Presentation on theme: "The Art of Advocacy A Legislative Toolkit. Who Me? A Lobbyist?! Lobbying is the process of gathering information for the purpose of persuading someone."— Presentation transcript:
Who Me? A Lobbyist?! Lobbying is the process of gathering information for the purpose of persuading someone to agree with you. Think of it as a political campaign. The first objective is to get a commitment from a voter, in this case, a legislator. The second is to win a majority of the vote.
Who Me? A Lobbyist?! What’s important when lobbying, or advocating for/against an issue? Preparation Precision Professionalism Politeness Presence
Who Me? A Lobbyist?! Easy Persuasion – Start with letters and phone calls – When you contact legislators, make it personal – If you are a constituent, say so Be Seen and Heard – Try a personal visit (i.e.: to the Capitol, invitation to your media center)
Who Me? A Lobbyist?! K.I.S.S. – Focus on a limited set of issues Do Your Homework – Know the legislator’s name and political party – Know your issue well Have a Plan – Offer solutions Don’t Leave Empty Handed – Ask for a specific action
Who Me? A Lobbyist?! Lobbying is Persistence – Follow-up encourages action Never Give Up – “If at first you don’t succeed, try, try again!”
Who Me? A Lobbyist?! Don’t – Threaten – Insult or offend – Write off anyone – Ramble or preach – Presume the legislator is familiar with your issue
Who Me? A Lobbyist?! Take the Message Home Think globally. Act locally. “All politics is local.” ~ former Speaker Tip O’Neill “When you get ‘em by the grassroots, their hearts and minds will follow.” ~ former Senator Everett Dirksen
Myths I can’t make a difference Somebody else will do it
Tips Your only commodity is your credibility. If you can’t answer a question confidently, say so and tell them you will get them the information – be sure you follow up with that information within a day or two. Most legislators respond best when given a concise message, especially during a short meeting. Prioritize your concerns.
Tips Include relevant statistics, studies and statements that support your cause. Save time for the legislator and make their job easier by offering to be a resource they can turn to in the future. To be an effective advocate, take the next step and offer a solution. If you invite a legislator to your school, don’t “clean it up” or make it over-tidy. Let them see the media center “in action.”
Making it Personal Letters should be short and to the point – no more than one page. Be clear about the origin of the views you express – are they your personal opinions or are you representing a group, like GLMA? If you are writing as a professional, use letterhead. Signing preprinted or template letters is less effective than writing your own personal letter. Call ahead and ask the staff if the legislator prefers a fax, email, or snail mail. If you are mobilizing colleagues or employees, edit the letters for correctness but allow them the freedom to express themselves.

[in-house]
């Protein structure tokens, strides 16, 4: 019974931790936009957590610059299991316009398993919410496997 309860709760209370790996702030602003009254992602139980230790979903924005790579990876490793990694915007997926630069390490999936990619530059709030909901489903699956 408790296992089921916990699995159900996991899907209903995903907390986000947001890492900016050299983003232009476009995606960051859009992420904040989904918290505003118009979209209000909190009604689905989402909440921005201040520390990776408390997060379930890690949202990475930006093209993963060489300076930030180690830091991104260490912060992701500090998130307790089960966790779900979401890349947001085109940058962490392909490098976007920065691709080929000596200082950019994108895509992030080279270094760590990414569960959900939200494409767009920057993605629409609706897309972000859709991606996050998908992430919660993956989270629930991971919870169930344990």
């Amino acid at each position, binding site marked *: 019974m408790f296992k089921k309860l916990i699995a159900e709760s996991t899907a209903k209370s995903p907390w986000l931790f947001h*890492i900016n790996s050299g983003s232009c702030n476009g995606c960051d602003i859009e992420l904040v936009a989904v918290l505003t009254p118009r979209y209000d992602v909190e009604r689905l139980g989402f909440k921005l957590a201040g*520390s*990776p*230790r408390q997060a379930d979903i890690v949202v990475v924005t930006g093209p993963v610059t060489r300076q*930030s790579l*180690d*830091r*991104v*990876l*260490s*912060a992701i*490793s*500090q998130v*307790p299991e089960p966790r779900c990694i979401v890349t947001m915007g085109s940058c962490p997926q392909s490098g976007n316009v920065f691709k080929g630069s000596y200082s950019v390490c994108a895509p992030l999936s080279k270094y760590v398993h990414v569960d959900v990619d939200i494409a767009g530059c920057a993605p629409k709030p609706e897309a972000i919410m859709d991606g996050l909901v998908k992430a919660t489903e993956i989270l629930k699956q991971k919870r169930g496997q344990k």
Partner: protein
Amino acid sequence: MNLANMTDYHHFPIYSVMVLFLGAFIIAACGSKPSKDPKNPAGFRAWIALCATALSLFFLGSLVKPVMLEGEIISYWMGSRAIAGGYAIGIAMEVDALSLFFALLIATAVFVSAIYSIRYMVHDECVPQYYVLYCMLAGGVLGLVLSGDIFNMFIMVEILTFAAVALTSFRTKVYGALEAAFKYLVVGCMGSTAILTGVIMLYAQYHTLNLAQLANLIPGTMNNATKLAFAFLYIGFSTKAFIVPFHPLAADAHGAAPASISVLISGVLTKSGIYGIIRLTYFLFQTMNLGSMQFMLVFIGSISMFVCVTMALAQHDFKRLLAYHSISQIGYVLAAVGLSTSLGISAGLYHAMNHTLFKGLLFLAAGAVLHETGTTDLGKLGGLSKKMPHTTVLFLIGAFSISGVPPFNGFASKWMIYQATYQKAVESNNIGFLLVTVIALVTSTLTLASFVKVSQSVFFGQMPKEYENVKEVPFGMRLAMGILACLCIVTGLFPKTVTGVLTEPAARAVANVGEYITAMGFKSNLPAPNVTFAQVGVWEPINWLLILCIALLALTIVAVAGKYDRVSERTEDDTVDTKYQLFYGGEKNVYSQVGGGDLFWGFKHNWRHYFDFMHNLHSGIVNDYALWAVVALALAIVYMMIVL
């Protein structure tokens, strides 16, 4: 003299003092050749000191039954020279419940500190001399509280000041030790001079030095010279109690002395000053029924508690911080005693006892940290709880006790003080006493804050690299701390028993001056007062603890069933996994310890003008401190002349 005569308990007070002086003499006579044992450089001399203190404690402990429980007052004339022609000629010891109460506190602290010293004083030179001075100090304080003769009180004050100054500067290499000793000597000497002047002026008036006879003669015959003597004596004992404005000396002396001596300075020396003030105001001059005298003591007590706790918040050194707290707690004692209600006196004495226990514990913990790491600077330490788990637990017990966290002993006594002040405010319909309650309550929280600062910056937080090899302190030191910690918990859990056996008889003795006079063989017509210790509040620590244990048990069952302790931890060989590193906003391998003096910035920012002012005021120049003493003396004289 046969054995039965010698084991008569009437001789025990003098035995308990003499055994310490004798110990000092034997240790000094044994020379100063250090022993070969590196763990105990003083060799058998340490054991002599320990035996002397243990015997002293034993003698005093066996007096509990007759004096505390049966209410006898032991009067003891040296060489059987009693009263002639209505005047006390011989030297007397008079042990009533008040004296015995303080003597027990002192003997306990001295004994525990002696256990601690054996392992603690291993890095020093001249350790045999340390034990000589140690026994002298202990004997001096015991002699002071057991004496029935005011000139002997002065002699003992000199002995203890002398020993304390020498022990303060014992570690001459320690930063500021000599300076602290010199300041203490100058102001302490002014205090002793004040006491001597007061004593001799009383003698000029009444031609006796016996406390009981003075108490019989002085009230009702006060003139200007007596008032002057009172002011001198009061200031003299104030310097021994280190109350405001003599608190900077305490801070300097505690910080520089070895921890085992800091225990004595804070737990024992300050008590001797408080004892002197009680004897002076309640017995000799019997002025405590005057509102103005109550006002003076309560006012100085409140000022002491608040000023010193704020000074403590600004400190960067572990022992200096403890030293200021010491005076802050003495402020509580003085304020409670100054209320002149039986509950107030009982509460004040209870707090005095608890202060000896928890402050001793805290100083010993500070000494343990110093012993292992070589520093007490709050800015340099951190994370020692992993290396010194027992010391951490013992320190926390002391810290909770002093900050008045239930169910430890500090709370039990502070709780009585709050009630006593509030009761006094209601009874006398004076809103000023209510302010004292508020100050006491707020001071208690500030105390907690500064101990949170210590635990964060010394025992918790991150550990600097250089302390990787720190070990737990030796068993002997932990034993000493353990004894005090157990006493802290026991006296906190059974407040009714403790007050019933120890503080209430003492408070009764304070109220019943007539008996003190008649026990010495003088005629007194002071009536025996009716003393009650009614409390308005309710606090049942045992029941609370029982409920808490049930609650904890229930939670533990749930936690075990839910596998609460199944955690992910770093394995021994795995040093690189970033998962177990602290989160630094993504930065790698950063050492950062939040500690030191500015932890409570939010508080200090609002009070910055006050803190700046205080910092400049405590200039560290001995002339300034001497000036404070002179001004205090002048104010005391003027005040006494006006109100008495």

Making it Personal While phone calls and letters are important, nothing is as effective as a face-to-face visit. If you want to make a more substantial difference, invite legislators to your school, visit them at the Capitol or in their district office. The Georgia legislature is in session for only a few months (Jan.-April), and most legislators spend weekends at home during the session. Many hold public meetings in their districts, which is an excellent opportunity to talk with them.
Making it Personal Personal stories are highly persuasive. Use real life, everyday examples to explain to a legislator how a particular issue might impact you, your school, and most importantly, your students. Make your examples as local as possible – mention schools, parents, etc. in their district.
Making it Personal Don’t forget to follow up. Be polite and persistent. Most legislators hate to say “no.” If you take the time to follow up, you have a better chance of getting a response to your request.
The “Ask” Close your letter or meeting by requesting a specific response or action. Legislators can sponsor legislation, write to state agencies (i.e.: DOE) regarding proposed rules and regulations, vote in a particular way.
Resources Georgia General Assembly www.legis.ga.gov Georgia Department of Education www.doe.k12.ga.us Live Legislative Broadcasts (during the session) www.legis.ga.gov/Streaming/en-US/Both.aspx Contact Your Legislator http://openstates.org/find_your_legislator